Wednesday, April 19, 2006

Baguettes and chocolate

From the ancient ruins of Angkor Wat, we flew into Hanoi, the capital city of communist Vietnam. This was one of the places that Tarak had already been and I KEPT hearing know things like "When we were in Vietnam....", or "Well, in Vietnam..."...or his favorite line "Like the shirt?...Vietnam..2 dollars"....anyway, it was easy to see why people fall in love with this country. A little similar to Cambodia, in that, there was a definite blend of Asian and French taste but it has its own unique and incredible presence. Just at a glance, we admired the tree-lined boulevards, lakes, parks, an amazing Old Quarter, museums, tons of food stalls serving "pho" and cycle rickshaws as the tourist mode of transport...all in the pace and background of a traditional Asian city. It was crazy to think that this place had been seriously attacked and bombed (thanks to our US of A), and apparently had been dead after the partition of Vietnam in '54. A little known fact, the government was quite reluctant to tourism and the doors opened only in '99..since which, tons of people have been flooding this country. There is an amazing presence of Hoi Chi Minh, and a great respect for him that is publicly displayed throughout the country. It's funny because we grow up thinking and learning the evils of communism, but then you see people living it, who all for the most part, are quite content and always smiling, and it makes you re-evaluate our Western notions.
Well, enough of politics...our first day, after checking into probably one of our favorite hostels of the entire trip, Hanoi Guest House (just to put in a little plug), we headed out via cycle rickshaw to check out the sites. We visited the Temple of Literaure (dedicated to Confucius), One Pillar Pagoda, the Hoan Kiem Lake and wandered around the Old Quarters. The abundance of fresh, warm baguettes and chocolate croissants along with amazing strong Vietnamese coffee was much appreciated after our not so hot meal choices elsewhere in Southeast Asia. We then had dinner on the waterfront (yes, another waterfront) and watched a water puppet show. It was pretty neat...all the puppets had these little tricks they did in the water, and they even had dragons that shot off fireworks. I was fine watching the show, however if there was an English translation, I think maybe Tarak and Anar, wouldn't have been dozing or doing the countdown of how many items were still left. I should share our only negative was during Tarak and I shop the Indian bargaining way...where we look at items casually (the more we like them, the more casually we look at them...very noncommital...this, FYI, is KEY)..then ask the price...then offer half (no more, no less)....and walk away without looking, and then let the people come after us. Well, dear god, Tarak was looking at this belt and then after trying it on, he decided he genuinely didn't want it...Anar and I walked away and the lady kept trying to get him to buy this cheap belt....he, being so nice, kept standing there, politely saying no...well, then the freak lady actually STRUCK my husband with the belt..and not even the strap, but the, after I found out what happened...I marched up to her (note, her entire English vocab was probably generously around 20 words)...and I yelled at her like she was 2 "why did you hit my husband?? That was rude and not nice". So, then her posse of friends, who I'm sure were worried about a potential showdown between this girl (who was probably 17, and 80 pounds dripping wet) and the angry foreign girl...well, they came and pushed me, I did what I do best...I gave her a REALLY mean glare and walked away.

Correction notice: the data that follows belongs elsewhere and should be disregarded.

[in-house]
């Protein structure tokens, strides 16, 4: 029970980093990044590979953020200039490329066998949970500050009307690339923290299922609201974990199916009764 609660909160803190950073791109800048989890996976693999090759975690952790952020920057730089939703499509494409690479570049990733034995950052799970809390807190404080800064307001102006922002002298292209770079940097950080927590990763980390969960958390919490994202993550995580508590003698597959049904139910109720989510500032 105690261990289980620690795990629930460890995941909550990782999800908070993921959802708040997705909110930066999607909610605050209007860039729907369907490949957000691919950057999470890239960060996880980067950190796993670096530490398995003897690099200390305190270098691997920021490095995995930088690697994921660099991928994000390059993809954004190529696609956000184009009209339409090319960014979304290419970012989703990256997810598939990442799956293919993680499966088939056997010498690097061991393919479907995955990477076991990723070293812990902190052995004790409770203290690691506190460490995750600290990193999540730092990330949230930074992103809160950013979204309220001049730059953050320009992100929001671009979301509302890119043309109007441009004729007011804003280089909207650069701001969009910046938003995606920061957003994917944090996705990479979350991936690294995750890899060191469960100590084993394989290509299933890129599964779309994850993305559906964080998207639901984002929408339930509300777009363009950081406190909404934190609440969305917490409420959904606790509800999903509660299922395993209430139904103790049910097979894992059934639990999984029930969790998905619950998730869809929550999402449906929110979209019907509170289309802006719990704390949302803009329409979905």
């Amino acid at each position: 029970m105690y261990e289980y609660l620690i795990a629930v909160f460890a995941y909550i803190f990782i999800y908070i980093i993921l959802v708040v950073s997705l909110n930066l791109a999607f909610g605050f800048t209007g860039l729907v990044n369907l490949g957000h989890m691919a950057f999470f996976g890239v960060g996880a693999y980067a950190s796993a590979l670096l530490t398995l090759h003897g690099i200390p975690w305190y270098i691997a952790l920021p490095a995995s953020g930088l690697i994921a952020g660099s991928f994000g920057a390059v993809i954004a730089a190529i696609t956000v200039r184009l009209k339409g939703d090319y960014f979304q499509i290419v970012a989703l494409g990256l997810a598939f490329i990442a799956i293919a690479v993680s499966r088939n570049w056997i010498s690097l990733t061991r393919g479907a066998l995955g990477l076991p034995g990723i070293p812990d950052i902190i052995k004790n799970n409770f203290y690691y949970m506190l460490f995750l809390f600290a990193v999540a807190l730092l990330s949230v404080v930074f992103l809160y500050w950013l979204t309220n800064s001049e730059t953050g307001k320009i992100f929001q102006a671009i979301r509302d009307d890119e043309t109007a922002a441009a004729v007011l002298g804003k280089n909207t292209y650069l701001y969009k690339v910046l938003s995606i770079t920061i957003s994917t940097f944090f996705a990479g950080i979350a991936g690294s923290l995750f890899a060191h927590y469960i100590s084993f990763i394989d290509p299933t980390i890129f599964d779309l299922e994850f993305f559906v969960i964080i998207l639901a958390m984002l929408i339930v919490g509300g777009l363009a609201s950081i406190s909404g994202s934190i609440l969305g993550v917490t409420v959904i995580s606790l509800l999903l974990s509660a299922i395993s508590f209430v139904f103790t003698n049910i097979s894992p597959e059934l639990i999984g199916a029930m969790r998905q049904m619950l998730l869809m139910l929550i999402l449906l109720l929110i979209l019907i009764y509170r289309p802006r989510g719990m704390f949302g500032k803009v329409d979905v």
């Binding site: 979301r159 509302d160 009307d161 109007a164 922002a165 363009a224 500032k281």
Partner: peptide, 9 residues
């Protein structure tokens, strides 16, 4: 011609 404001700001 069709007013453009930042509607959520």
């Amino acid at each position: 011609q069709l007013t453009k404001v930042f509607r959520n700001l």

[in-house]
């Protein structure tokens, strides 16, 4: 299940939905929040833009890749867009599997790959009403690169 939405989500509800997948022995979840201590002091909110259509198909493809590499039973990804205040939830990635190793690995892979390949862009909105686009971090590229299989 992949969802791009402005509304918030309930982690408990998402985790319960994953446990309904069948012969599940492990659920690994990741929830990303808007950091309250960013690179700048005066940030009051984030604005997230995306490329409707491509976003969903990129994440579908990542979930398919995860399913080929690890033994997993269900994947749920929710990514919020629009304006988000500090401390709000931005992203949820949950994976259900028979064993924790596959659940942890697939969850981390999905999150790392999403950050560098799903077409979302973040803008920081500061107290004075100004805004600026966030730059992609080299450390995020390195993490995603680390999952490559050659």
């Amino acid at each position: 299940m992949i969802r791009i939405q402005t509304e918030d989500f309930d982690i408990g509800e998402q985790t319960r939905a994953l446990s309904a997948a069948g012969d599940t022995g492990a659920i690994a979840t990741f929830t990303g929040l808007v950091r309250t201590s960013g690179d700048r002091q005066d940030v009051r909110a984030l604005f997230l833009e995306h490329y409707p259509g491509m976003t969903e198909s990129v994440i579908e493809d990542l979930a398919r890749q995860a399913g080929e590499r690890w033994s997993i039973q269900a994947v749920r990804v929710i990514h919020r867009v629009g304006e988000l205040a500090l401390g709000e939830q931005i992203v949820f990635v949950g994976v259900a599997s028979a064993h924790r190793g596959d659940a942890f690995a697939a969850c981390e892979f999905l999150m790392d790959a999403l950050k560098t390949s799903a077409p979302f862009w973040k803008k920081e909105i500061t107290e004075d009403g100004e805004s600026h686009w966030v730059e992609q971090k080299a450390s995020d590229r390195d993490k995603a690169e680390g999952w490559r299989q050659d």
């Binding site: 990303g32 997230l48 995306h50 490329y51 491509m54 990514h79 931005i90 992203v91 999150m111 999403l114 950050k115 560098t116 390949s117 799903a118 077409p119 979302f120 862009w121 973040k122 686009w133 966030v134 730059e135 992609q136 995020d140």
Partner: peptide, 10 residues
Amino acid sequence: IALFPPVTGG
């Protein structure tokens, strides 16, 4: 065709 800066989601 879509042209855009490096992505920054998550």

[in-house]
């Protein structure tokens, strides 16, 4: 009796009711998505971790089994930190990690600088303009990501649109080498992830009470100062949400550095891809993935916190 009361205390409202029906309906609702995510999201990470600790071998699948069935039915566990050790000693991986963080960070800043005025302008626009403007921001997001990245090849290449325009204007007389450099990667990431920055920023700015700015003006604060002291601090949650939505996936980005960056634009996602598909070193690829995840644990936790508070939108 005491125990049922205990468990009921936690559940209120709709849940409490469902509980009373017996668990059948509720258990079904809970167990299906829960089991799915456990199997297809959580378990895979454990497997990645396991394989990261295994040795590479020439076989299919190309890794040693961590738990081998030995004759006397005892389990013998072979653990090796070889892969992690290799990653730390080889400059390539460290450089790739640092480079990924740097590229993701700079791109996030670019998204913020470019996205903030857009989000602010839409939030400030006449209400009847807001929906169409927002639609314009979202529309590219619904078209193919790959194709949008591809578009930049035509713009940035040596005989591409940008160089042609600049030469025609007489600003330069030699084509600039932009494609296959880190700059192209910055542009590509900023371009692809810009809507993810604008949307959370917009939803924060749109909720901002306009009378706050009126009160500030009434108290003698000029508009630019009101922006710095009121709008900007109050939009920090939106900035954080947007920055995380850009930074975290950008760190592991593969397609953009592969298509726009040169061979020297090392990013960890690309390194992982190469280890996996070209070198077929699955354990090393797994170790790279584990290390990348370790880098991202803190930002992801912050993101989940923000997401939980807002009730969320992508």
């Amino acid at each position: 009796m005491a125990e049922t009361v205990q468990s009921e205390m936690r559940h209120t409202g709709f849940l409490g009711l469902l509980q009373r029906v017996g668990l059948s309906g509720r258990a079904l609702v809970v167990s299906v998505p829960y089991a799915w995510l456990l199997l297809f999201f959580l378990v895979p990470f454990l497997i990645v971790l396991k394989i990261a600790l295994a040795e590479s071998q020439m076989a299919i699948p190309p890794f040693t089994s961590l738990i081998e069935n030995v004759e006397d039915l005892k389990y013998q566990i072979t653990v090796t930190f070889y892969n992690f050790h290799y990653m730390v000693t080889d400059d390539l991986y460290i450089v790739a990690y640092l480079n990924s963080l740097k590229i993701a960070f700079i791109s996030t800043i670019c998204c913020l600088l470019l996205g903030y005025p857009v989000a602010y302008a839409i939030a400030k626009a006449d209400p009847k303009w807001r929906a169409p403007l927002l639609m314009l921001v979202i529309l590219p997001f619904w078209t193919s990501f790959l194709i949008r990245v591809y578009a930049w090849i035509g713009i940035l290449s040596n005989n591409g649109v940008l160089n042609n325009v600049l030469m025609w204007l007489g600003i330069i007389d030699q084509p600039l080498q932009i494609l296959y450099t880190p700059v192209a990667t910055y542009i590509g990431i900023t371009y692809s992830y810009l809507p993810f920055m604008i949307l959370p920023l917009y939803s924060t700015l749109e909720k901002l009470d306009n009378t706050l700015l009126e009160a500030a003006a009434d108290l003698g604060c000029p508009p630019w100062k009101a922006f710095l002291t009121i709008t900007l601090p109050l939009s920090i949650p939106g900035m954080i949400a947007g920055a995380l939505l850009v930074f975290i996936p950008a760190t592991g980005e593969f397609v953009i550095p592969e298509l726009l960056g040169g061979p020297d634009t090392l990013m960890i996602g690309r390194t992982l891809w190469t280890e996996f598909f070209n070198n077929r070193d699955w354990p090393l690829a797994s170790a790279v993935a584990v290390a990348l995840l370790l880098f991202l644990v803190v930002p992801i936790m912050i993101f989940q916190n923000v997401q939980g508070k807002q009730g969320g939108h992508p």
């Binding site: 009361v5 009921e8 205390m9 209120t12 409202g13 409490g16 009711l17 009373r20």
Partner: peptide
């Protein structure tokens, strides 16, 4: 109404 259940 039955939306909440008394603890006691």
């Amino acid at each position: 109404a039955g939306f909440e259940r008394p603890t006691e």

Well, the next day, we set made a day trip to visit the Perfume Pagoda. It is basically a bunch of pagodas and Buddhist shrines built into the limestone cliffs of the surrounding moutain. The name of the mountain is "Mountain of the Fragrant Traces"..hence, the name. But the best part was probably the 1 1/2 hour scenic boat ride through rice paddies and the local village to get to the pagodas.

We then set out for a 2 day, 1 night trip to visit the world heritage site, Halong Bay. It definitely was one of the most incredible sites we saw in consists of nearly 3,000 islands that jet out from the beautiful waters of the Gulf of Tonkin.

If that name rings a bell, it should, because it's where America initially got involved in the war in Vietnam (I'll just leave it at that). Along with the islands, there are small beaches and caves that make for some amazing views. Halong, which means where the dragon descends, according to legend, was created by the flailing tail of a great dragon that was running down the coast.

Well, after visiting a massive limestone cave we sailed off to the Halong Bay, where we soaked in the great scenery and had a huge feast on our boat. The next morning, we kayaked to this enchanting secluded lagoon admist the Bay.

Then after lunch on the boat, we headed back to Hanoi and as we rested up for our trip to South Vietnam.

1 comment:

Anar said...

damn you guys beat me to the blog!haha! i'm going to be lazy and refer the vietnam portion to your blog. sharvari i died laughing as i forgot half the stories! will see you guys back home... miss you guys already!